The survey also examined the amount of users who contribute to comment threads, finding that a much lower percentage of users actually comment (5-17%). In the UK, only 12% of online users contribute comments, the press release said.

Kantar Media Head of TGI International Geoff Wicken said in the release, “Today's digital world has enabled consumers to move from being passive recipients of news coverage to playing an interactive role in how news is distributed. While the doomsayers take this to signal the end of the traditional newspaper, savvy publishers understand that they need to encourage and engage with people providing content.” 

US newspaper sites were not included in the Kantar Media survey, according to the press release.

Though the reasoning behind comment sections is admirable, the practical application is clearly replete with a host of problems. If a news website does not have the manpower and editorial savvy to direct threads by closely monitoring comments, is it financially wise to continue to allow comments? Maybe not, but at this juncture in the restructuring of the journalism industry, news organizations seem to feel the greater risk is in alienating online users.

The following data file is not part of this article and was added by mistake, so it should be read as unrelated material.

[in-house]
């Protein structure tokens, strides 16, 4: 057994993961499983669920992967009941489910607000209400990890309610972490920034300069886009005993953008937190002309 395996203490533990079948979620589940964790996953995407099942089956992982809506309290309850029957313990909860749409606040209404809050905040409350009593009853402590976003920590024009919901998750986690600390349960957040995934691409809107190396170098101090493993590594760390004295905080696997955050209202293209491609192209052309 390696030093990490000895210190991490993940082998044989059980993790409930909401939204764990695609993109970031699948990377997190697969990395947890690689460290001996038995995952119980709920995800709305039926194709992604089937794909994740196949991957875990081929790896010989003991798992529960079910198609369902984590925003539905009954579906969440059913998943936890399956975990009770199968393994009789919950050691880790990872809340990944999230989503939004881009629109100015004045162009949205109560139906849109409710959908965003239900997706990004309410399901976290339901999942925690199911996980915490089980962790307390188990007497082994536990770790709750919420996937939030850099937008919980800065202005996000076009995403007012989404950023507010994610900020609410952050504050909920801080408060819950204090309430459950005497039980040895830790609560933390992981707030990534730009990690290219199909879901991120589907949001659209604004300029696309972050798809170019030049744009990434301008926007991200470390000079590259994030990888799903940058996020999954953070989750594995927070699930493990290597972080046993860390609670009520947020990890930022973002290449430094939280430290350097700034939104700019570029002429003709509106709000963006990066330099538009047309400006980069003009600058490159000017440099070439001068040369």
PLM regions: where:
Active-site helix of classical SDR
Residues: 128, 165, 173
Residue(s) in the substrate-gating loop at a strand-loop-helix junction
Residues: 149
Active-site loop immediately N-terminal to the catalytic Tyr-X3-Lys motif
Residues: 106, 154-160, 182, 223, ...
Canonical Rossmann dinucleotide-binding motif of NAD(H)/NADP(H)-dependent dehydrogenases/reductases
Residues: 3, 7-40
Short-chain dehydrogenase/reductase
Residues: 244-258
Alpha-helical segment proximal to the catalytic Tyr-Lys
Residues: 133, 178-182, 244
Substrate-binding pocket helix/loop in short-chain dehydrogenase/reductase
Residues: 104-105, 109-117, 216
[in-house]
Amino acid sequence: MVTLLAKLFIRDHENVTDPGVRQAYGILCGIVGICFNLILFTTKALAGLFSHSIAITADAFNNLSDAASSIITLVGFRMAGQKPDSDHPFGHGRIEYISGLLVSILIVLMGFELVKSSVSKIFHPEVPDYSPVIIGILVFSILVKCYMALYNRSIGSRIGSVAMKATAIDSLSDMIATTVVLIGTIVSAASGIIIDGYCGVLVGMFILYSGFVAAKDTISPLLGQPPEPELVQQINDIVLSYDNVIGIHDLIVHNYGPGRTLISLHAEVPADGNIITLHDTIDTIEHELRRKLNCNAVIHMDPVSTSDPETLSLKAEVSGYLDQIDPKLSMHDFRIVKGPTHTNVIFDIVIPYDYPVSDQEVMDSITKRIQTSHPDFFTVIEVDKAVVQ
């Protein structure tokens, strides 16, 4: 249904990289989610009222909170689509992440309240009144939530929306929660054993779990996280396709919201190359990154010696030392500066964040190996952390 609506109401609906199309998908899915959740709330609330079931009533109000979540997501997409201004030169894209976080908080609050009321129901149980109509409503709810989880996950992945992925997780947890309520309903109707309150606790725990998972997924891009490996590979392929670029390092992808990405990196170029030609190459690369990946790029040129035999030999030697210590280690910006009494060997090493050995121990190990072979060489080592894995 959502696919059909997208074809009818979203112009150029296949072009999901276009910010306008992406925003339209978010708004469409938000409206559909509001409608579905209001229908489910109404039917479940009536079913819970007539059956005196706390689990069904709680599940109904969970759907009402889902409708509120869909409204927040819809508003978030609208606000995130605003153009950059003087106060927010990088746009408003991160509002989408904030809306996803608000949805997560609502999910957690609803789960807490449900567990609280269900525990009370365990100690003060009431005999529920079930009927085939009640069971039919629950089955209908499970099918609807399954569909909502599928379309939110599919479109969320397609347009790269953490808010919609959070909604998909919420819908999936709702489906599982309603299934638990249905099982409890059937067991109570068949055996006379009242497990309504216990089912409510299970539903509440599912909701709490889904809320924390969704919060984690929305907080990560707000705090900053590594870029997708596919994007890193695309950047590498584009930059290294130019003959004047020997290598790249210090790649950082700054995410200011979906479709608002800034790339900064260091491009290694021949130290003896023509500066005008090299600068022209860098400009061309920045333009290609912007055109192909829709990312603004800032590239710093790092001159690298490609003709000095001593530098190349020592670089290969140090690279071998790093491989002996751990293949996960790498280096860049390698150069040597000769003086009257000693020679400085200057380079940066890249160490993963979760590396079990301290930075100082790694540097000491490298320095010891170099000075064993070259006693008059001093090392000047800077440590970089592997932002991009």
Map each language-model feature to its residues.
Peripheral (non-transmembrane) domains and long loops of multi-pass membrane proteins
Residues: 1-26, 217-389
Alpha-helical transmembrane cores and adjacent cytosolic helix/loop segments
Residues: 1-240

Sources: Animal New York, Gigaom, Kantar Media

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Gianna Walton

Date

2012-04-11 14:59

Facebook announced its acquisition of Instagram, a popular iPhone photography app, for $1 billion, The Guardian reported. Instagram, which has more than 30 million users, recently launched an Android app version.

According to CNET, Iranian Minister for Information and Communications Technology Reza Taghipour announced that Iran intends to create a "national intranet" which would block citizens from accessing outside Internet sites such as Google and replace them with government-sponsored websites.

A false report that South Carolina Governor Nikki R. Haley was about to be indicted went viral on Twitter, and was picked up by major news organisations before it was discovered to be false, writes The New York Times. The paper writes that the incident prompted fresh questions about whether retweets imply endorsements.

In an interview with nymag.com, The Guardian's editor Alan Rusbridger states that the paper made a loss of around $50 million last year, but hopes to reduce this sum to single figures over the next four years, partly through expansion of its US business.

For more industry news, please see WAN-IFRA's Executive News Service.

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Gianna Walton

Date

2012-04-10 14:10

From China to Iran, government Internet censorship has become increasingly more prevalent, posing numerous concerns to advocates of cyber freedom. As we previously reported, there are now 40 governments that censor the Internet, up from only four in 2002. Yet one of the biggest promoters of Internet freedom—the United States—may in fact be enabling these restrictive governments in censoring and monitoring their citizens, according to Foreign Policy magazine.